Wednesday, March 25, 2009

Cooking the Books: Feschuk, Grange lampooning Leafs

Mike Myers failed to wring great mirth from the Toronto Maple Leafs' 40 years in the hockey desert, but Toronto sportswriters Michael Grange and Dave Feschuk are going to try.

Hockey Book Reviews has the low-down on their joint effort, which will be published at the start of the 2009-10 NHL season:
Leafs AbomiNation: The dismayed fans' handbook to why the Leafs stink and how they can rise again - Dave Feschuk and Michael Grange have an interesting book coming. It looks like it could almost comical - the listed price: $19.67.
This could be a big seller in Ottawa, especially at that price.

It is the first book for the Star's Feschuk and The Globe & Mail's Grange, if memory serves. Each of them, as you know, usually has the basketball beat at their papers, so they probably should bring a fresh take on MLSE's hockey operation.

Their vigour and willingness to take this all the way should be saluted. It beats becoming passive-aggressive about the Leafs, or having to pretend not to care about Canada's dominant sports franchise, save for occasionally being prolix about the permanent stain of Harold Ballard or the legacies of Wendel Clark and Doug Gilmour.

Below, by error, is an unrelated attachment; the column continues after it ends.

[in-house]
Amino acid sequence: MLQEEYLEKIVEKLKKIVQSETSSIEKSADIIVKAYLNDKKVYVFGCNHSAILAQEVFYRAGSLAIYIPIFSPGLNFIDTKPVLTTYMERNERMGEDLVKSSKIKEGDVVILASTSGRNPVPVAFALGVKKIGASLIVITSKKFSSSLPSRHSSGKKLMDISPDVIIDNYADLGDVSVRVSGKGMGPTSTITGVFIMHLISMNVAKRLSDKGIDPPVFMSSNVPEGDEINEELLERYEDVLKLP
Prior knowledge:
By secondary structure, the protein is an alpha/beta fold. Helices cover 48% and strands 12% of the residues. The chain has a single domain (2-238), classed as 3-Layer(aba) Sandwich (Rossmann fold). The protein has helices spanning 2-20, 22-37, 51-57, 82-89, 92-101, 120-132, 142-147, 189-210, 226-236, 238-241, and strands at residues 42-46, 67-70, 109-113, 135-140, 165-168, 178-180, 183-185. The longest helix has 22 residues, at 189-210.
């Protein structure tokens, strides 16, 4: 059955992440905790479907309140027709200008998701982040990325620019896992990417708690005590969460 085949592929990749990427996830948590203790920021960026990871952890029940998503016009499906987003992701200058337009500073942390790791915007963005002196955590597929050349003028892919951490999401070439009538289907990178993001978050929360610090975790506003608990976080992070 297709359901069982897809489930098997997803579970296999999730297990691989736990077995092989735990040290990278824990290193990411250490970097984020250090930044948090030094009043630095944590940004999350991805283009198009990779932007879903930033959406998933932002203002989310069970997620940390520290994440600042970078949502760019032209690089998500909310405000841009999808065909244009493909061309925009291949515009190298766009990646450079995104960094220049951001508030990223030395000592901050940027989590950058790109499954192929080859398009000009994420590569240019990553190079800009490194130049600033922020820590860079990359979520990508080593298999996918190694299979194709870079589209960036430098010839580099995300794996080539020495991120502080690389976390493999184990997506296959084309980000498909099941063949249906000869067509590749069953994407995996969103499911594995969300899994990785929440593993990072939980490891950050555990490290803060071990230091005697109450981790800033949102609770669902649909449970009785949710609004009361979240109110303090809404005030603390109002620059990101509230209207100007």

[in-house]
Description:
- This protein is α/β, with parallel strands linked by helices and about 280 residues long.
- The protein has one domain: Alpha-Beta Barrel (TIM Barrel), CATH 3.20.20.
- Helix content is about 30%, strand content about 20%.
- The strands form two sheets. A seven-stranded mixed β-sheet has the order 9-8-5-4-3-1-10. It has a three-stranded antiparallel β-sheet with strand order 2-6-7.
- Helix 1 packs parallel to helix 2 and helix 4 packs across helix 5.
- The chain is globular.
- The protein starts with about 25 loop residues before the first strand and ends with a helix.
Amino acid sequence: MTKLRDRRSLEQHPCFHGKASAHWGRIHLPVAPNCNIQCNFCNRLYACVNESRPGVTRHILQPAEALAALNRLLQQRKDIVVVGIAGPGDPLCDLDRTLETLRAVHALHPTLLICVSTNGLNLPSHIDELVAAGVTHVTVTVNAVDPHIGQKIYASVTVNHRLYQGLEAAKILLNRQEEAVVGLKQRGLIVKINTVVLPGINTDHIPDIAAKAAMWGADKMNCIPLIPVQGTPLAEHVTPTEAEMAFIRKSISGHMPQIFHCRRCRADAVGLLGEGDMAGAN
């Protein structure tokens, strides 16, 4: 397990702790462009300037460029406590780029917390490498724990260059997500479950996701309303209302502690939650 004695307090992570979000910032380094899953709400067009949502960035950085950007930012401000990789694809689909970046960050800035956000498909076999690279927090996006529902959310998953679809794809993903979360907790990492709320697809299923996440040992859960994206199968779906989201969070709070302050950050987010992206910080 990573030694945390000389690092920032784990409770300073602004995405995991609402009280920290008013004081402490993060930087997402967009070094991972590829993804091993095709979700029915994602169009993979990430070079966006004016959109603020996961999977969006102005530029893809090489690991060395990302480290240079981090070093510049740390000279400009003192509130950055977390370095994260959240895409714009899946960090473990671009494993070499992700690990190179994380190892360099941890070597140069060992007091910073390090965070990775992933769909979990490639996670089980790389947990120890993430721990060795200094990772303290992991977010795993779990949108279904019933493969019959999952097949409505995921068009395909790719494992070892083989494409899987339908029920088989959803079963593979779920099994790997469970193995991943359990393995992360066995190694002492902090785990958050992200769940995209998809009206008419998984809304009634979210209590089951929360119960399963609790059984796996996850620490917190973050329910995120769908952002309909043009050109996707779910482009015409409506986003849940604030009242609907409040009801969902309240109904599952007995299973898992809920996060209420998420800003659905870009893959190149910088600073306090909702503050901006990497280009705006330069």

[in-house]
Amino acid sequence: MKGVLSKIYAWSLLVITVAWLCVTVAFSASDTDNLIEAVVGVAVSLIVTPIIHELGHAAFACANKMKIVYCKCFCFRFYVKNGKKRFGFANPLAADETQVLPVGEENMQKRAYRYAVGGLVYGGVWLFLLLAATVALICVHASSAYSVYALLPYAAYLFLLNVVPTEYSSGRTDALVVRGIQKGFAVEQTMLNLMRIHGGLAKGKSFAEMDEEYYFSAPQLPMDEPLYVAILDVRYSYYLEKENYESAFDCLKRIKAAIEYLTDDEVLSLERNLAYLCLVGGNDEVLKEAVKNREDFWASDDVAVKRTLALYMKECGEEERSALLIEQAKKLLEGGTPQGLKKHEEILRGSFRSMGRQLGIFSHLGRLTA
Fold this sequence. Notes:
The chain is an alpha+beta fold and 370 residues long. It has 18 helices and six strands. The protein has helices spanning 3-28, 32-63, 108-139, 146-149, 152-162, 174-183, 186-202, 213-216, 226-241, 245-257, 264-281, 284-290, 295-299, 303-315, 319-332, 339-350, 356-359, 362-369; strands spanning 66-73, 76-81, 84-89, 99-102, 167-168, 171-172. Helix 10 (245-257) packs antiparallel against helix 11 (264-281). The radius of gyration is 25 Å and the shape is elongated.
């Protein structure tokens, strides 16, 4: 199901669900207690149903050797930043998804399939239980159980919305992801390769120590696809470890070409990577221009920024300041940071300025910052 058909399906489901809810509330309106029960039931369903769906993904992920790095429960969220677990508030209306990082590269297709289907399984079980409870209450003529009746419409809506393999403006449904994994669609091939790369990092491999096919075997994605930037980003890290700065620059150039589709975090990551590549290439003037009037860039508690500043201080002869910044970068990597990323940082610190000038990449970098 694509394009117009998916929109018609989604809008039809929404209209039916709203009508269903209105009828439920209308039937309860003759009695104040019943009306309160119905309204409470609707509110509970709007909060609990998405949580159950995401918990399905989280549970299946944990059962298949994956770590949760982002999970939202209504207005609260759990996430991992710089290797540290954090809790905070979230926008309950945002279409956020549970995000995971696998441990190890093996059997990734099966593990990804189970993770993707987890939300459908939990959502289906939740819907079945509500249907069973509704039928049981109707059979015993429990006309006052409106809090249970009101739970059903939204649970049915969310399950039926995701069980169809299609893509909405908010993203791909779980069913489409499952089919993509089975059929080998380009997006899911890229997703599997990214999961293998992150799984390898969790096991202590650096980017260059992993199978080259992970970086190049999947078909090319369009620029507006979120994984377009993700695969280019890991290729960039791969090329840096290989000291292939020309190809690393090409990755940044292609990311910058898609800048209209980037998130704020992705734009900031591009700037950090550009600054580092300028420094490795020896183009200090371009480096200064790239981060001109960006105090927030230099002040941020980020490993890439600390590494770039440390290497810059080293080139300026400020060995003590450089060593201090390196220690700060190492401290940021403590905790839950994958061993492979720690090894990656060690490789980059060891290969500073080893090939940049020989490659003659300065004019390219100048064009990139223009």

Incidentally, on the sports publishing front, you should check out the excerpt from Jeff Pearlman's The Rocket Who Fell To Earth, his biography of Roger Clemens. All efforts are being exhausted to secure a review copy.

14 comments:

eyebleaf said...

It makes a ton of sense that two of the towns basketball writers are having a crack at the Leafs.

I'm sure they had a jolly good time doing it. Especially Feschuk.